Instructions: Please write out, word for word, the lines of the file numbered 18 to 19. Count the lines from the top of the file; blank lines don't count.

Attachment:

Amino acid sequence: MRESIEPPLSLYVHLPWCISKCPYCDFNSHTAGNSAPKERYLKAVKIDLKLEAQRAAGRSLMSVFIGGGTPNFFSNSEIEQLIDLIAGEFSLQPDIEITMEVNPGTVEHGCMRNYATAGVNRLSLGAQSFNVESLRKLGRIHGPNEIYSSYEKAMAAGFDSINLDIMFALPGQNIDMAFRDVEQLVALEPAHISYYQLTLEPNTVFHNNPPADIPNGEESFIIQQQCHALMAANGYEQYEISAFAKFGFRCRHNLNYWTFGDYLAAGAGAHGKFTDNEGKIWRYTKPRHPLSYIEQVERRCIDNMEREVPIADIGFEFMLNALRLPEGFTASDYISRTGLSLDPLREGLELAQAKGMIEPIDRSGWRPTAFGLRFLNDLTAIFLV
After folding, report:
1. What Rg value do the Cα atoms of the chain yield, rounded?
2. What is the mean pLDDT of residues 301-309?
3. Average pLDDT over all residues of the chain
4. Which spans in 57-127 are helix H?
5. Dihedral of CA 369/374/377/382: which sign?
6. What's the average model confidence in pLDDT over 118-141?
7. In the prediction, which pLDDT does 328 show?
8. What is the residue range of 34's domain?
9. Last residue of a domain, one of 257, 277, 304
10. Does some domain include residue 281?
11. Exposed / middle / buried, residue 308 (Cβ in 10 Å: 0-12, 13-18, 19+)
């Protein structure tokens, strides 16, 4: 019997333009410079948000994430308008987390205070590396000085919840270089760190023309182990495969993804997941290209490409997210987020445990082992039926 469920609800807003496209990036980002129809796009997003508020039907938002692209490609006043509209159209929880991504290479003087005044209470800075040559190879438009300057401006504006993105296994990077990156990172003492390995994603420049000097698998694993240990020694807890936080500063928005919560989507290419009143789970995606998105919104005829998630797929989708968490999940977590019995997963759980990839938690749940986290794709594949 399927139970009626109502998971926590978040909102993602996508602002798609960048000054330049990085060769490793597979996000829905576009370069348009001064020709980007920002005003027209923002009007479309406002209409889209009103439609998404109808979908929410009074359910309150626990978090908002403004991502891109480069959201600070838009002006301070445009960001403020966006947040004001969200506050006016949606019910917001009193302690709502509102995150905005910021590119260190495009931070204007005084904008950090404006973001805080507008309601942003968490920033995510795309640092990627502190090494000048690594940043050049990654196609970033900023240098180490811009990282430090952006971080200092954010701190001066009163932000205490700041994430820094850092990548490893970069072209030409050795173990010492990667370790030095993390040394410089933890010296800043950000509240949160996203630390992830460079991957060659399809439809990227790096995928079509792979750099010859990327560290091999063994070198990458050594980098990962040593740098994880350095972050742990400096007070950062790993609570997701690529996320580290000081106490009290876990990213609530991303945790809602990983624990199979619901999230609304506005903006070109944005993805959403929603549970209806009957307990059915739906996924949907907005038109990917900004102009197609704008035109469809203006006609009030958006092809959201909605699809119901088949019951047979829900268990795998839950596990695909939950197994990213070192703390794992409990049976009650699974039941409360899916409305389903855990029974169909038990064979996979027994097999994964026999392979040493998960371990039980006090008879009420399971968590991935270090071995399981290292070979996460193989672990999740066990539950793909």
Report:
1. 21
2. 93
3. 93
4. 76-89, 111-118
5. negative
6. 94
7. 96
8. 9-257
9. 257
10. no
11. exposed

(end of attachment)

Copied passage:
3. 93
4. 76-89, 111-118